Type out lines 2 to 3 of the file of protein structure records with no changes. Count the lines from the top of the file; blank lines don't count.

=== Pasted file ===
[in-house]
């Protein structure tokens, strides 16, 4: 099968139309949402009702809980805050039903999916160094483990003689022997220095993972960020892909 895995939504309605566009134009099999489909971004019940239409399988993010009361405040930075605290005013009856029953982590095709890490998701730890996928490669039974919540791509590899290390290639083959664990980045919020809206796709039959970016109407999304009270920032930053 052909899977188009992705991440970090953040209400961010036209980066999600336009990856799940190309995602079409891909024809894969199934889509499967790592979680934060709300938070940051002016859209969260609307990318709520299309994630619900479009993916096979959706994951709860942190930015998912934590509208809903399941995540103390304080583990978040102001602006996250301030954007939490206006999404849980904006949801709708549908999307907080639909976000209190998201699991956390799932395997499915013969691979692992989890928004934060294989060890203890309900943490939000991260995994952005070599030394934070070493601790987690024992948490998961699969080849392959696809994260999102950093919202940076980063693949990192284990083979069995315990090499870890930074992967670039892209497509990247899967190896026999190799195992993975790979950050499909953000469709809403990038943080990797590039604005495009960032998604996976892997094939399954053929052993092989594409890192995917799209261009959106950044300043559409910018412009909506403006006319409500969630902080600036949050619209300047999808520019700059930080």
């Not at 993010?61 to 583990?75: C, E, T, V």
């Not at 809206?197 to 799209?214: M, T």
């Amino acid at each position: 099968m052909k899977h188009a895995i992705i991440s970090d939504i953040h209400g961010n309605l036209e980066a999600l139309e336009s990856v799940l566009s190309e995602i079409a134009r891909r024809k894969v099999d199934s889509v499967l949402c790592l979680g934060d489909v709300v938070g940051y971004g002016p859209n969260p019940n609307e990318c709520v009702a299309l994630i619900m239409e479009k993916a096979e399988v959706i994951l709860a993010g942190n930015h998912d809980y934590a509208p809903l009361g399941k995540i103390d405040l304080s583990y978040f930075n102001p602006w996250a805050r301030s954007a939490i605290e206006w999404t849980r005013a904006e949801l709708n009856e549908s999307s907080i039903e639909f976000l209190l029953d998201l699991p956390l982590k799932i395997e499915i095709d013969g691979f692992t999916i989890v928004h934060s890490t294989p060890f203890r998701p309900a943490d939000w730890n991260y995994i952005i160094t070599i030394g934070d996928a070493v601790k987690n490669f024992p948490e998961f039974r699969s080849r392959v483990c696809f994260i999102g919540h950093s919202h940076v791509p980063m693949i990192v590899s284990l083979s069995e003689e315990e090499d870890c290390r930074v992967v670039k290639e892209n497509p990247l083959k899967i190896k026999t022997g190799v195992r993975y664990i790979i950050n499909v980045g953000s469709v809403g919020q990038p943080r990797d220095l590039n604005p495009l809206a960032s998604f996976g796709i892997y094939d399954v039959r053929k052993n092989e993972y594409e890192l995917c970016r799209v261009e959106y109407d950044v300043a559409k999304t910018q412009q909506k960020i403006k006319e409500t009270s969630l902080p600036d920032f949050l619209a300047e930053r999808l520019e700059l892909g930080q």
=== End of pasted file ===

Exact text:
């Protein structure tokens, strides 16, 4: 099968139309949402009702809980805050039903999916160094483990003689022997220095993972960020892909 895995939504309605566009134009099999489909971004019940239409399988993010009361405040930075605290005013009856029953982590095709890490998701730890996928490669039974919540791509590899290390290639083959664990980045919020809206796709039959970016109407999304009270920032930053 052909899977188009992705991440970090953040209400961010036209980066999600336009990856799940190309995602079409891909024809894969199934889509499967790592979680934060709300938070940051002016859209969260609307990318709520299309994630619900479009993916096979959706994951709860942190930015998912934590509208809903399941995540103390304080583990978040102001602006996250301030954007939490206006999404849980904006949801709708549908999307907080639909976000209190998201699991956390799932395997499915013969691979692992989890928004934060294989060890203890309900943490939000991260995994952005070599030394934070070493601790987690024992948490998961699969080849392959696809994260999102950093919202940076980063693949990192284990083979069995315990090499870890930074992967670039892209497509990247899967190896026999190799195992993975790979950050499909953000469709809403990038943080990797590039604005495009960032998604996976892997094939399954053929052993092989594409890192995917799209261009959106950044300043559409910018412009909506403006006319409500969630902080600036949050619209300047999808520019700059930080």
């Not at 993010?61 to 583990?75: C, E, T, V």